Who was the greatest Opening Day performer in Detroit Tigers history? While such players as Germany Schaefer, Walt Dropo, Al Kaline, and Alan Trammell all demonstrated a knack for excelling in the curtain-raiser in Detroit, the most consistently brilliant Bengal was a stocky right-handed pitcher named “Wabash George” Mullin.
Mullin was from Toledo, and the Ohio city’s proximity to the Detroit ballpark guaranteed a healthy influx of Buckeyes to see George pitch. This is why he was almost always selected to pitch the home opener, even if that meant someone else on the staff might have to pitch the actual season opener on the road.
Mullin started 9 of 10 home openers between 1903 and 1912, all but the last at Bennett Park. He had an arm made of rubber and heart of oak. He completed all of his opening starts, including four extra-inning affairs, and won five of eight decisions. (A 12-inning tie 1904 resulted in a no-decision.) Mullin was a man of extremes. He shut out Cleveland in 1907 and Chicago in 1909, the latter a one-hitter that took just 82 minutes. Between was a 12-inning loss to the Indians in 1908, in which he surrendered 20 hits but was still going strong at the end. (Yes, he finished the game!)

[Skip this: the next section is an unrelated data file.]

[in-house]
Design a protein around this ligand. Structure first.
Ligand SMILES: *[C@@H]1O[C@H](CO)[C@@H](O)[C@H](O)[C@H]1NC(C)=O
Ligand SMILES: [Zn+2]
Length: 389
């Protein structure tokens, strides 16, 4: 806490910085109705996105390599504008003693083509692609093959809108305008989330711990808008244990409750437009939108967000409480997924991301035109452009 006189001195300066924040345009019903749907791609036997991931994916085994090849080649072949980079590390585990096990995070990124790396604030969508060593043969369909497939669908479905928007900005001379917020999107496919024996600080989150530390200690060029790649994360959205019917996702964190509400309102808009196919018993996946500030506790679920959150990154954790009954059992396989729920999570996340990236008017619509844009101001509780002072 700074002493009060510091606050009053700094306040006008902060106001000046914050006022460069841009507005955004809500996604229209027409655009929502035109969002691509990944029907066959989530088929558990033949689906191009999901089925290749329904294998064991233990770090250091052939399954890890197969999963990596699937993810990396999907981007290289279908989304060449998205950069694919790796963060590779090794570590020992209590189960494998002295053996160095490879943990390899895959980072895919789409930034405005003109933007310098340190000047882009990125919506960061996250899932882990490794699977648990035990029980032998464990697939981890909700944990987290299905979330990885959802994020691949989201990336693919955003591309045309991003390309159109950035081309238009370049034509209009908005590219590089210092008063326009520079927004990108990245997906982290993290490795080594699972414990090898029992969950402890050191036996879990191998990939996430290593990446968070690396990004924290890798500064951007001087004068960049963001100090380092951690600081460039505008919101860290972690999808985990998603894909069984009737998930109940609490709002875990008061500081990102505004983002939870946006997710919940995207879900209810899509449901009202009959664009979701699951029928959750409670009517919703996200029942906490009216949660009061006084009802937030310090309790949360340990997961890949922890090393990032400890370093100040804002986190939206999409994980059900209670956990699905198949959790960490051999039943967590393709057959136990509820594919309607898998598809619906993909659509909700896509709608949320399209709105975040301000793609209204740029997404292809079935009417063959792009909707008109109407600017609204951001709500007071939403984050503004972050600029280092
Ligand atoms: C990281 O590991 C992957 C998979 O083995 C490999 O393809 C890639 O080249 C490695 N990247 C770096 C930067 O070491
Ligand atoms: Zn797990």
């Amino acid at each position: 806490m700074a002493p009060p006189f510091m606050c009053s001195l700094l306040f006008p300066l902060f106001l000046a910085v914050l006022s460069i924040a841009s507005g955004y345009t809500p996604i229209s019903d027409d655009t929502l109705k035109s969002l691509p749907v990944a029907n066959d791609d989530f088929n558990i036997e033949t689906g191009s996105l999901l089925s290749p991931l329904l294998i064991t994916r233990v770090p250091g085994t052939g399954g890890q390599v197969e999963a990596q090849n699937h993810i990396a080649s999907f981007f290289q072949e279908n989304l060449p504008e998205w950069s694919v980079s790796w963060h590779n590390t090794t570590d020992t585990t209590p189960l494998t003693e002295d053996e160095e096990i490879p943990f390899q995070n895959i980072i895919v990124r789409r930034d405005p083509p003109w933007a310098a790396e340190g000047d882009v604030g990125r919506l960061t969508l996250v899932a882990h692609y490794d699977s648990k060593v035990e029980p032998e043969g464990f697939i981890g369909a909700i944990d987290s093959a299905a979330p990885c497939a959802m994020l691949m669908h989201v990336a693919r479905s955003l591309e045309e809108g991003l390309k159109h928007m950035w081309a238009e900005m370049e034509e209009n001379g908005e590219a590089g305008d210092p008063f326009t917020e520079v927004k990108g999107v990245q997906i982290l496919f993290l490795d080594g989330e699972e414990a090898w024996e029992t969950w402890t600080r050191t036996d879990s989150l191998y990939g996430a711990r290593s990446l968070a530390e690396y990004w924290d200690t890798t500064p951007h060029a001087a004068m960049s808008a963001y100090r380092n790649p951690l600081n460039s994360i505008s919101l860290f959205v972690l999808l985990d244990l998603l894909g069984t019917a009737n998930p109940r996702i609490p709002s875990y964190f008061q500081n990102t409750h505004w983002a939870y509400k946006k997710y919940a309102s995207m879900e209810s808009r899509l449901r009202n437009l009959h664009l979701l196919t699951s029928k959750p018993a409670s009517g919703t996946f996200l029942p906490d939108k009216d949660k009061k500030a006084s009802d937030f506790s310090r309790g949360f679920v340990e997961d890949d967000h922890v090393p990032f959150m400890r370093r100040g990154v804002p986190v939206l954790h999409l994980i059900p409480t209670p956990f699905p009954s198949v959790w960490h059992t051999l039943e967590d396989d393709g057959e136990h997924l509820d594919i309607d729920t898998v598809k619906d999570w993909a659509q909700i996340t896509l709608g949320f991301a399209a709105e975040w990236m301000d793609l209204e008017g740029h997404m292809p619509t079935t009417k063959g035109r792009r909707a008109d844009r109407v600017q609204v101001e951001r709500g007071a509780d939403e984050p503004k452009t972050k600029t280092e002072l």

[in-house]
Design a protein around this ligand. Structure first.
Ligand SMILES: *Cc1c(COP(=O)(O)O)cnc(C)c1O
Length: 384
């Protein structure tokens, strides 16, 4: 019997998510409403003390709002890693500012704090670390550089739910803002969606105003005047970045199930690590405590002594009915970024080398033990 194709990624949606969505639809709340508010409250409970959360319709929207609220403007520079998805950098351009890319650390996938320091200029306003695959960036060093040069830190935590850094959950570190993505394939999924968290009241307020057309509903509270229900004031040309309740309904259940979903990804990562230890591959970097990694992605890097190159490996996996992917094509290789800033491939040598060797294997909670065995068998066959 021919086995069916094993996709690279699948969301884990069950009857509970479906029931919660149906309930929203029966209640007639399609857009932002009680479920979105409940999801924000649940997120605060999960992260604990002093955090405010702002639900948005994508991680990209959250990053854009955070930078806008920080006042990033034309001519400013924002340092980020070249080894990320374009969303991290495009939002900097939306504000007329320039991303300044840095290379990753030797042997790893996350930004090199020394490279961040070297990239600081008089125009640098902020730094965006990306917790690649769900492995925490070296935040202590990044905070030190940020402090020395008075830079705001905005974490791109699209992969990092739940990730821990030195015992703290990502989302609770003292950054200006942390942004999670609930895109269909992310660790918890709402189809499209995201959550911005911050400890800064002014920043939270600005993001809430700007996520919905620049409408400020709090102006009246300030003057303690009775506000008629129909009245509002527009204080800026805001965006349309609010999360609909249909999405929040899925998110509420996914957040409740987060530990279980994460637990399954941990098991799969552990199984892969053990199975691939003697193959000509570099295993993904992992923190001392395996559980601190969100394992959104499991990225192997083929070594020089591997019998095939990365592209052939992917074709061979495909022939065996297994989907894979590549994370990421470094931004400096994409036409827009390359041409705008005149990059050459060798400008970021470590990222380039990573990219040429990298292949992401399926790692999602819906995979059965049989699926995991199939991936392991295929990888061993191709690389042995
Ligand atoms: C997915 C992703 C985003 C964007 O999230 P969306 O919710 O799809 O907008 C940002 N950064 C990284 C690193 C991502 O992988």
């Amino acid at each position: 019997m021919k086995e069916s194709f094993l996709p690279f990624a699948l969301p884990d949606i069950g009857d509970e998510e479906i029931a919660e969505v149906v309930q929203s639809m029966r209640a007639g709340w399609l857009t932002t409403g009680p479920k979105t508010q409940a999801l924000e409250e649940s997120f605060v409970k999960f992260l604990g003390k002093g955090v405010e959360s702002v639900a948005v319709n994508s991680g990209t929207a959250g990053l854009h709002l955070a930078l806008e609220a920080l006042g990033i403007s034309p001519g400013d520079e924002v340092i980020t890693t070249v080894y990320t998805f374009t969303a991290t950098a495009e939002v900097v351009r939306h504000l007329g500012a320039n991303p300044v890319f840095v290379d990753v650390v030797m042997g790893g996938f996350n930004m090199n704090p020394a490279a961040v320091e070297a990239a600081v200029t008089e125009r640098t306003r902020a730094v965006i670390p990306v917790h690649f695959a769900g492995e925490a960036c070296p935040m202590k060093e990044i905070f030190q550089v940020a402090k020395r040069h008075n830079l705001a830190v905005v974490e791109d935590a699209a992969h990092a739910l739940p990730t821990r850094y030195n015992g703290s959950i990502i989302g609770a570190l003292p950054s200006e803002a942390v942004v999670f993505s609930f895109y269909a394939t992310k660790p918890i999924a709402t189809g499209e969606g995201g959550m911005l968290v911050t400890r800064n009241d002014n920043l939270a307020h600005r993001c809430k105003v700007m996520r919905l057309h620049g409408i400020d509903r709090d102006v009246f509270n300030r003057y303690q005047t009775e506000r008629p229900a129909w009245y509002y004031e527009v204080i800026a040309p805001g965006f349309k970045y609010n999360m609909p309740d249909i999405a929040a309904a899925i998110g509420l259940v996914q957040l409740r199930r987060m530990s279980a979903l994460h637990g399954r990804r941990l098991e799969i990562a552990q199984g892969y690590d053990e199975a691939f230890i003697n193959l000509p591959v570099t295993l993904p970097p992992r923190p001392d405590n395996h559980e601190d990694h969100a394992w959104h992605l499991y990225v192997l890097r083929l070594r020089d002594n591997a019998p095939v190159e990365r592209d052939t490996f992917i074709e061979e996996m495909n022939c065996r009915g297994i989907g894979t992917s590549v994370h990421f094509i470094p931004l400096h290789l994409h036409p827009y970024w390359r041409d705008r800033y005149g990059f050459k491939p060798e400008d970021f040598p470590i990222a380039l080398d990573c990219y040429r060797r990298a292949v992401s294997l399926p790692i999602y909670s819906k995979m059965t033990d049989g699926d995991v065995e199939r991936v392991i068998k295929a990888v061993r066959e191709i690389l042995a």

In 1912, the 31-year-old warhorse was selected to open brand-new Navin Field. Mullin responded by going all the way in an 11-inning, 6-5 victory over Cleveland. And who knocked in the winning run with a single? Why, George, of course. Let’s see Justin Verlander do that!
Mullin wasn’t too shabby the rest of the schedule, either. His 29 victories in 1909 led the majors, and his 209 career wins are only a dozen behind George “Hooks” Dauss on the Tigers’ all-time list. Mullin also split six World Series decisions and pitched a no-hitter on July 4, 1912, at Navin Field on The Corner. It was his 32nd birthday – a special occasion, to be sure, but no more so than Opening Day in Detroit.